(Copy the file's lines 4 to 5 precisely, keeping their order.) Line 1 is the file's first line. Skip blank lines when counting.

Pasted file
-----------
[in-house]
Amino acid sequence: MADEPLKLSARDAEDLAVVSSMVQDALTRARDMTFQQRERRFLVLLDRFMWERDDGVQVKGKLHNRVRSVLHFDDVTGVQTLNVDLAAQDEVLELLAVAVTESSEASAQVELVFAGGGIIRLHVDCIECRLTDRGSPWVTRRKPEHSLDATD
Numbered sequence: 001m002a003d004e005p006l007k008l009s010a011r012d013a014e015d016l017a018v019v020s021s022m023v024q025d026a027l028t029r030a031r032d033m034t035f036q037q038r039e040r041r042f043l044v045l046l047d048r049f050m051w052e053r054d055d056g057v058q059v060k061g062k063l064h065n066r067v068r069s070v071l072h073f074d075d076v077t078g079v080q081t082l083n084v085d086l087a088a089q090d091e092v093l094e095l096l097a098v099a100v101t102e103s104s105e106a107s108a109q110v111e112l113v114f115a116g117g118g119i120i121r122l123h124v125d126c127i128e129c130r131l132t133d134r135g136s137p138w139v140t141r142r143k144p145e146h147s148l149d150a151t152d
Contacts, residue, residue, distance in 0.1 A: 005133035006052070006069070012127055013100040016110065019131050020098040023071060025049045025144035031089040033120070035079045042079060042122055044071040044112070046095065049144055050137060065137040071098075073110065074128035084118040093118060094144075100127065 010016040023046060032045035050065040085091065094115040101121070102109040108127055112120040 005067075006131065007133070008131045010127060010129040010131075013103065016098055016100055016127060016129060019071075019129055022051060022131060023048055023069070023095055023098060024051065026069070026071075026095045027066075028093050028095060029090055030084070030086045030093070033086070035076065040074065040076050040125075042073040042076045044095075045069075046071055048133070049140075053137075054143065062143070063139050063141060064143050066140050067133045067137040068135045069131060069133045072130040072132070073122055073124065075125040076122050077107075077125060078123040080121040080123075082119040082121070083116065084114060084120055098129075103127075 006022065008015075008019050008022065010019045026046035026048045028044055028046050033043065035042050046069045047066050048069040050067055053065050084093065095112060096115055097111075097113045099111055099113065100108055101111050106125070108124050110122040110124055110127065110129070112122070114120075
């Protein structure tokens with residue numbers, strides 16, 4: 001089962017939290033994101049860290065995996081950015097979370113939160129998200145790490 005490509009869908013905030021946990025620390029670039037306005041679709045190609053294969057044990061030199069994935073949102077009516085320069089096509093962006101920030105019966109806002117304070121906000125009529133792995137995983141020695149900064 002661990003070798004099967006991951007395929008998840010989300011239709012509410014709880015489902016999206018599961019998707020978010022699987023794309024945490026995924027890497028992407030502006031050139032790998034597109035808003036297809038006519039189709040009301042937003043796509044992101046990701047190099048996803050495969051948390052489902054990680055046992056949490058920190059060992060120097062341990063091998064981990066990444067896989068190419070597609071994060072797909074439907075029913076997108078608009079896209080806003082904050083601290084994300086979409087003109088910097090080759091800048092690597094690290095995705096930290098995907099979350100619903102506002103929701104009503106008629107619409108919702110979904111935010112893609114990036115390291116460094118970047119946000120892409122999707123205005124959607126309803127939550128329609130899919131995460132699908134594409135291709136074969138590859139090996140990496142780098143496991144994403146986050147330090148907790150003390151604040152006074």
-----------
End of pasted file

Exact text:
Contacts, residue, residue, distance in 0.1 A: 005133035006052070006069070012127055013100040016110065019131050020098040023071060025049045025144035031089040033120070035079045042079060042122055044071040044112070046095065049144055050137060065137040071098075073110065074128035084118040093118060094144075100127065 010016040023046060032045035050065040085091065094115040101121070102109040108127055112120040 005067075006131065007133070008131045010127060010129040010131075013103065016098055016100055016127060016129060019071075019129055022051060022131060023048055023069070023095055023098060024051065026069070026071075026095045027066075028093050028095060029090055030084070030086045030093070033086070035076065040074065040076050040125075042073040042076045044095075045069075046071055048133070049140075053137075054143065062143070063139050063141060064143050066140050067133045067137040068135045069131060069133045072130040072132070073122055073124065075125040076122050077107075077125060078123040080121040080123075082119040082121070083116065084114060084120055098129075103127075 006022065008015075008019050008022065010019045026046035026048045028044055028046050033043065035042050046069045047066050048069040050067055053065050084093065095112060096115055097111075097113045099111055099113065100108055101111050106125070108124050110122040110124055110127065110129070112122070114120075
């Protein structure tokens with residue numbers, strides 16, 4: 001089962017939290033994101049860290065995996081950015097979370113939160129998200145790490 005490509009869908013905030021946990025620390029670039037306005041679709045190609053294969057044990061030199069994935073949102077009516085320069089096509093962006101920030105019966109806002117304070121906000125009529133792995137995983141020695149900064 002661990003070798004099967006991951007395929008998840010989300011239709012509410014709880015489902016999206018599961019998707020978010022699987023794309024945490026995924027890497028992407030502006031050139032790998034597109035808003036297809038006519039189709040009301042937003043796509044992101046990701047190099048996803050495969051948390052489902054990680055046992056949490058920190059060992060120097062341990063091998064981990066990444067896989068190419070597609071994060072797909074439907075029913076997108078608009079896209080806003082904050083601290084994300086979409087003109088910097090080759091800048092690597094690290095995705096930290098995907099979350100619903102506002103929701104009503106008629107619409108919702110979904111935010112893609114990036115390291116460094118970047119946000120892409122999707123205005124959607126309803127939550128329609130899919131995460132699908134594409135291709136074969138590859139090996140990496142780098143496991144994403146986050147330090148907790150003390151604040152006074």